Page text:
Public debt charges fell to $15.4 billion compared with $18.4 billion a year earlier, while net actuarial losses increased to $11.5 billion from $8.1 billion.
 

taxme

Electoral Member
Feb 11, 2020
828
183
43
Fri., February 26, 2021, 11:15 a.m. ·1 min read




OTTAWA — The federal government ran a deficit of $248.2 billion through the first nine months of its 2020-21 fiscal year as spending soared due to the pandemic.
The result for the April-to-December period compared with a deficit of $11 billion in the same period a year earlier.
The government says in its fiscal monitor that the unprecedented shift in the government’s financial results reflects the severe deterioration in the economy and the government’s response plan to the COVID-19 pandemic.
Revenue was $207.7 billion for the April-to-December period, down from $246 billion, as tax and other revenue fell.
Meanwhile, program spending, excluding net actuarial losses, rose to $428.9 billion from $230.5 billion in the same period a year earlier, due in large part to the many programs established to help people and businesses during the pandemic.
Public debt charges fell to $15.4 billion compared with $18.4 billion a year earlier, while net actuarial losses increased to $11.5 billion from $8.1 billion.
I do believe that comrade Turdeau is trying to bankrupt this country. This buffoon has gone mad in the head and he is trying to take us all there with him. This fool needs to go before we all start to find ourselves looking for a spot in some park to sleep in a tent at night. Sadly, pretty much all of our dear leaders appear to be wanting to go along with this fool. While these fools get to keep their day job there are many people out there that have lost their jobs. But ask those bunch of buffoons if they really care. If they did care they would not be blowing our tax dollars like they are doing today. What is worse is that we the sheeple let them get away with this waste of our tax dollars. I guess that we are the ones who are the real nuts here. The politicians are just taking advantage of our nutiness. :rolleyes:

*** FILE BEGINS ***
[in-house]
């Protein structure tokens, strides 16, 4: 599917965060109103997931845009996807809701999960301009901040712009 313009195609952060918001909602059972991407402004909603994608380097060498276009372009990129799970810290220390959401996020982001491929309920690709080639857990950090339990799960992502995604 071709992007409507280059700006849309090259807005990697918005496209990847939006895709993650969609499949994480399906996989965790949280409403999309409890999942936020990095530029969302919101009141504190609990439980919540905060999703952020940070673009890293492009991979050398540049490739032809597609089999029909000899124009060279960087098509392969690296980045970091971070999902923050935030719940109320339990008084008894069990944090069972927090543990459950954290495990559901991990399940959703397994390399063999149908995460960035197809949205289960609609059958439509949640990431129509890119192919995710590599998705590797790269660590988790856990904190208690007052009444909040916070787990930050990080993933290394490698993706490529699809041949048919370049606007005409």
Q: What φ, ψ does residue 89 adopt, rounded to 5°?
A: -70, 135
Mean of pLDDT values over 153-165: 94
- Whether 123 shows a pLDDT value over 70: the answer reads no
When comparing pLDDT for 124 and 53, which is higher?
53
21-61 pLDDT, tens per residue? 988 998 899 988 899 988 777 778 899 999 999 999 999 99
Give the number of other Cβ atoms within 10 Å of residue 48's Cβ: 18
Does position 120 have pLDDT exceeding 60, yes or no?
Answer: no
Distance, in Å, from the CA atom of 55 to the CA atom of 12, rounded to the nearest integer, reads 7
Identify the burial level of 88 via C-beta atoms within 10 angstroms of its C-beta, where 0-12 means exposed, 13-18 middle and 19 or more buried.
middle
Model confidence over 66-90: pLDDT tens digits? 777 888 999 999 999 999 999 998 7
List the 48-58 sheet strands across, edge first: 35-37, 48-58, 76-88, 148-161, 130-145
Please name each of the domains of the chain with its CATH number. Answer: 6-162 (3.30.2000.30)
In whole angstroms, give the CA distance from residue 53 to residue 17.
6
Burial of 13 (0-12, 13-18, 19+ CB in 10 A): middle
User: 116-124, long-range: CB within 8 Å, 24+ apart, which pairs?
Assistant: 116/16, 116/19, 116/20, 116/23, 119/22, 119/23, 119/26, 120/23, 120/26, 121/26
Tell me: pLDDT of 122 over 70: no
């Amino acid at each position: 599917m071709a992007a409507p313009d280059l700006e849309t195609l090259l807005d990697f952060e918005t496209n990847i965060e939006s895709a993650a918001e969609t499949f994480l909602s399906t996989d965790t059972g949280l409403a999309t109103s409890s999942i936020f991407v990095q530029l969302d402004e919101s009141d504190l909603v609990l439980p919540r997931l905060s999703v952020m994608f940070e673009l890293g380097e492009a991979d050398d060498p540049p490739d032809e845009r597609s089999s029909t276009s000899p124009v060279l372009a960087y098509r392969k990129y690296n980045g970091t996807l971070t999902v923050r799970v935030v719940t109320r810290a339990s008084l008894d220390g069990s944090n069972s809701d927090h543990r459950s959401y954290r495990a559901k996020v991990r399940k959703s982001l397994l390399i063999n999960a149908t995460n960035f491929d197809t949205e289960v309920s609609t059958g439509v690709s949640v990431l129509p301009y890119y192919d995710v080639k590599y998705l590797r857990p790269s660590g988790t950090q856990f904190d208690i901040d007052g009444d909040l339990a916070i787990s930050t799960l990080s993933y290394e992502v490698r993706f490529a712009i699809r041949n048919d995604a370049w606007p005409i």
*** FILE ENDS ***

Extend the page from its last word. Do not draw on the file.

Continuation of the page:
taxme

Electoral Member
Feb 11, 2020
828
183
43
I do believe that comrade Turdeau is trying to bankrupt this country. This buffoon has gone mad in the head and he is trying to take us all there with him. This fool needs to go before we all start to find ourselves looking for a spot in some park to sleep in a tent at night. Sadly, pretty much all of our dear leaders appear to be wanting to go along with this fool. While these fools get to keep their day job there are many people out there that have lost their jobs. But ask those bunch of buffoons if they really care. If they did care they would not be blowing our tax dollars like they are doing today. What is worse is that we the sheeple let them get away with this waste of our tax dollars. I guess that we are the ones who are the real nuts here. The politicians are just taking advantage of our nutiness. :rolleyes:
I just found out today on The Rebel that our dear so called BC health official pro globalist comrade Bonnie Henry Poo is making a salary of $360.000 a year. That is totally obscene. Bonnie Poo is making more money than Premier Horgan of BC is making. Wtf? It's no wonder she keeps coming up with more ways of try to keep this scamdemic going and keep her useless job. Maybe Bonnie Poo bought some pretty expensive property somewhere and wants to pay it off before she finally gets fired.